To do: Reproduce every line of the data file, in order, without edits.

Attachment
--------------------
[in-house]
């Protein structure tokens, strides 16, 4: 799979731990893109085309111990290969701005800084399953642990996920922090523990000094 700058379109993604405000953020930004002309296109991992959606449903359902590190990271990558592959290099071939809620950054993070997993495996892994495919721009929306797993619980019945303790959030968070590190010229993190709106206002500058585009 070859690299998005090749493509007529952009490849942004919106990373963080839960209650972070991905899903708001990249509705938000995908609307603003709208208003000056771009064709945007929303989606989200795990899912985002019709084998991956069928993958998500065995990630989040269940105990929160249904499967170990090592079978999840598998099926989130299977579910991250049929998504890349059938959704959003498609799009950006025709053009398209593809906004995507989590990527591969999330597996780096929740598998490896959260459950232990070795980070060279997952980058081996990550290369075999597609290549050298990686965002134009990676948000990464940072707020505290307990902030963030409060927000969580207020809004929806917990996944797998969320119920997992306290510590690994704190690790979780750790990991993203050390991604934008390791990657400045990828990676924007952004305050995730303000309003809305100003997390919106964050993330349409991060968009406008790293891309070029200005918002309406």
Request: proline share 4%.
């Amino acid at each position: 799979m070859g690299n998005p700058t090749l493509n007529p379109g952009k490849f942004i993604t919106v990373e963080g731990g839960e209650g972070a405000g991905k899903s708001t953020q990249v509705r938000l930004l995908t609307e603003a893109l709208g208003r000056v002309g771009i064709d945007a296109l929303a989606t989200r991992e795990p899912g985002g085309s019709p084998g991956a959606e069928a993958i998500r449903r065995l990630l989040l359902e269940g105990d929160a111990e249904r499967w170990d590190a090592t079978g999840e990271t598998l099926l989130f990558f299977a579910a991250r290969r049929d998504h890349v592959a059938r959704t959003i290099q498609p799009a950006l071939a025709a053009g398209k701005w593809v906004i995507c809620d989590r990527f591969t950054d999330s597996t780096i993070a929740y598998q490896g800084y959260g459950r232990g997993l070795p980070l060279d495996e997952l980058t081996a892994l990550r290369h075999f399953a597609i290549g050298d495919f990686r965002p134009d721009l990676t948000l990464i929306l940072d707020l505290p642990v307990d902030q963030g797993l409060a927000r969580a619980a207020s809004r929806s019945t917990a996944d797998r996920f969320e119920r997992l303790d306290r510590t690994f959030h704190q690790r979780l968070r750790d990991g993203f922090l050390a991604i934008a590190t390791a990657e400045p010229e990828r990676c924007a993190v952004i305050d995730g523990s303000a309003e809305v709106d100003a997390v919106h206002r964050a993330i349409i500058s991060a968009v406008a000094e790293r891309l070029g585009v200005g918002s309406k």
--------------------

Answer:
[in-house]
């Protein structure tokens, strides 16, 4: 799979731990893109085309111990290969701005800084399953642990996920922090523990000094 700058379109993604405000953020930004002309296109991992959606449903359902590190990271990558592959290099071939809620950054993070997993495996892994495919721009929306797993619980019945303790959030968070590190010229993190709106206002500058585009 070859690299998005090749493509007529952009490849942004919106990373963080839960209650972070991905899903708001990249509705938000995908609307603003709208208003000056771009064709945007929303989606989200795990899912985002019709084998991956069928993958998500065995990630989040269940105990929160249904499967170990090592079978999840598998099926989130299977579910991250049929998504890349059938959704959003498609799009950006025709053009398209593809906004995507989590990527591969999330597996780096929740598998490896959260459950232990070795980070060279997952980058081996990550290369075999597609290549050298990686965002134009990676948000990464940072707020505290307990902030963030409060927000969580207020809004929806917990996944797998969320119920997992306290510590690994704190690790979780750790990991993203050390991604934008390791990657400045990828990676924007952004305050995730303000309003809305100003997390919106964050993330349409991060968009406008790293891309070029200005918002309406």
Request: proline share 4%.
């Amino acid at each position: 799979m070859g690299n998005p700058t090749l493509n007529p379109g952009k490849f942004i993604t919106v990373e963080g731990g839960e209650g972070a405000g991905k899903s708001t953020q990249v509705r938000l930004l995908t609307e603003a893109l709208g208003r000056v002309g771009i064709d945007a296109l929303a989606t989200r991992e795990p899912g985002g085309s019709p084998g991956a959606e069928a993958i998500r449903r065995l990630l989040l359902e269940g105990d929160a111990e249904r499967w170990d590190a090592t079978g999840e990271t598998l099926l989130f990558f299977a579910a991250r290969r049929d998504h890349v592959a059938r959704t959003i290099q498609p799009a950006l071939a025709a053009g398209k701005w593809v906004i995507c809620d989590r990527f591969t950054d999330s597996t780096i993070a929740y598998q490896g800084y959260g459950r232990g997993l070795p980070l060279d495996e997952l980058t081996a892994l990550r290369h075999f399953a597609i290549g050298d495919f990686r965002p134009d721009l990676t948000l990464i929306l940072d707020l505290p642990v307990d902030q963030g797993l409060a927000r969580a619980a207020s809004r929806s019945t917990a996944d797998r996920f969320e119920r997992l303790d306290r510590t690994f959030h704190q690790r979780l968070r750790d990991g993203f922090l050390a991604i934008a590190t390791a990657e400045p010229e990828r990676c924007a993190v952004i305050d995730g523990s303000a309003e809305v709106d100003a997390v919106h206002r964050a993330i349409i500058s991060a968009v406008a000094e790293r891309l070029g585009v200005g918002s309406k």